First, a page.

Monthly Archives: April 2015

Trees and food security in Africa; what’s the link?


The right trees, coupled with the right varieties of crops, rural advisory services, and a supportive policy environment can have a huge impact on crop yields, nutrition and income in Africa. And because smallholder farmers feed and nourish most of Africa’s 1 billion population, this is where we must start.

Agroforestry systems in Africa range from open parkland assemblages, home gardens, mixtures of trees with one or several crops, and trees planted in hedges and boundaries of fields and farms. Thanks to a rich body of science-based knowledge that brings the best in ‘agro’ and ‘forest’ together, farmers can select the right tree and crop associations for the right place. Well designed agroforestry systems provide benefits that cannot be attained from monocrops.

African farmers have the most agroforestry species to choose from out of all developing countries; according to the Agroforestree Database at least 1,141 species are known to provide functions of importance to smallholders for promoting food and nutritional security. Among these are fertilizer trees, fruit and nut trees, as well as nutritious fodder trees and shrubs, which lead to higher yields for dairy farmers.

Agroforestry using fertilizer trees has been proven to raise and stabilize maize yields. between 2007 and 2011 ICRAF and partners implemented the Malawi Agroforestry Food Security Programme funded by Irish Aid, reaching about 180,000 farmers. The programme involved introducing fertilizer, fruit, and fodder trees and shrubs into smallholder farms. By the end of the intervention maize yields, food-secure months per year, and fruit availability had changed for the better in a vast majority of households practicing agroforestry. And across hundreds of thousands of hectares of the Sahelian region of Africa, yields of grains, ground nut and cotton have improved when grown under or near the fertilizer tree Faidherbia.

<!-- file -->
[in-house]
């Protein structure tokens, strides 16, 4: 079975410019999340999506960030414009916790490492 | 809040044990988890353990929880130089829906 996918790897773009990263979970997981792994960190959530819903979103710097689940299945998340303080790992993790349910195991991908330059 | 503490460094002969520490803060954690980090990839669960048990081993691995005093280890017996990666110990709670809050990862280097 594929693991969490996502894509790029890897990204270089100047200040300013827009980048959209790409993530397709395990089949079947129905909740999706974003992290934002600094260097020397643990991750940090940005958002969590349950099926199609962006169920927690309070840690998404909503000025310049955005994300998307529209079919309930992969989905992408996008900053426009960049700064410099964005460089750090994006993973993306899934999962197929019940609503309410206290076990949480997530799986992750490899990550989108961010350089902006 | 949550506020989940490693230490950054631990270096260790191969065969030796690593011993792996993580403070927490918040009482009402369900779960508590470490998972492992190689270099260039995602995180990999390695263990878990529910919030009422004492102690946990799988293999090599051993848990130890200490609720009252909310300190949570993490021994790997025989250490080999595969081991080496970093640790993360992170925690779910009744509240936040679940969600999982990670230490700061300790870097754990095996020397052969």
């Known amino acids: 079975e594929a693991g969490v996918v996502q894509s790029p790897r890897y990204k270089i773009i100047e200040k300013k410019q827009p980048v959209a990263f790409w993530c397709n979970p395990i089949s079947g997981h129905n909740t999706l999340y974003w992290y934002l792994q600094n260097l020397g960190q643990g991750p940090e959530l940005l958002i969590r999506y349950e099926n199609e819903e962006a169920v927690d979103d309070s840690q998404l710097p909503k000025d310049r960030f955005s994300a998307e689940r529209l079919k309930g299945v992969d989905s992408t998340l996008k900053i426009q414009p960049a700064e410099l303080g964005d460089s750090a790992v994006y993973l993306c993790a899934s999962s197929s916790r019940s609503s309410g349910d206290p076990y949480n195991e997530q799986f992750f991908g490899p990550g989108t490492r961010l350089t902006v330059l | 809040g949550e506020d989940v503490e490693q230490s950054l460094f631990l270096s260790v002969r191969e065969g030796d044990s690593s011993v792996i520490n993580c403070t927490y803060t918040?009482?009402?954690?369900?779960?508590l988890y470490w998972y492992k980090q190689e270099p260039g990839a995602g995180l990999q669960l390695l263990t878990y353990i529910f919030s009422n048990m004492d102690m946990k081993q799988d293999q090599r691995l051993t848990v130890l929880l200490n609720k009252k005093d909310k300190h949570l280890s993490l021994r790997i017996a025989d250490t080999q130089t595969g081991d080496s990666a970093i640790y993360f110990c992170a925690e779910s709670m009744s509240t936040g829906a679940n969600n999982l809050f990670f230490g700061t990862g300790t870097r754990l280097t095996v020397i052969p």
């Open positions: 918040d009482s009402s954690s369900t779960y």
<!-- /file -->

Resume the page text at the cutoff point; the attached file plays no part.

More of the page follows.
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Scaling up farmer managed natural regeneration and other regreening practices – six steps to success


During a high level meeting of African Ministers of Environment convened last month in Cairo to discuss Africa’s climate change challenge, the Ministers recognized the connections between climate change, food security, poverty alleviation, and increasing the productivity of land and other natural resources. This month, the release of new data on forests revealed that tree cover loss around the world now amounts to 18 million hectares, an increase of 5 percent over the average rate of loss from 2000-2012. Clearly, we need to do more to address the loss of tree cover and associated land degradation, and find more effective ways to boost land productivity, particularly across agricultural landscapes, if we are to achieve success in improving food security and reducing poverty.

We know that the right trees integrated into appropriate cropping systems, when accompanied by supporting policies, can make a big contribution to raising crop yields.  And agroforestry systems help to boost soil fertility and crop yields, while simultaneously contributing to increased supplies of firewood, fodder for livestock, higher incomes and improved nutrition for rural households. Increasing the density of trees on farms is potentially an important part of a needed “paradigm shift” towards more sustainable, “climate smart” food production systems.

The multiple benefits, especially for women, of a number of agroforestry and climate smart agricultural practices such as farmer-managed natural regeneration (FMNR), conservation farming, and rainwater harvesting have been documented.  A key question is what can be done to ensure that tens of millions of farmers are motivated and enabled to adopt these practices?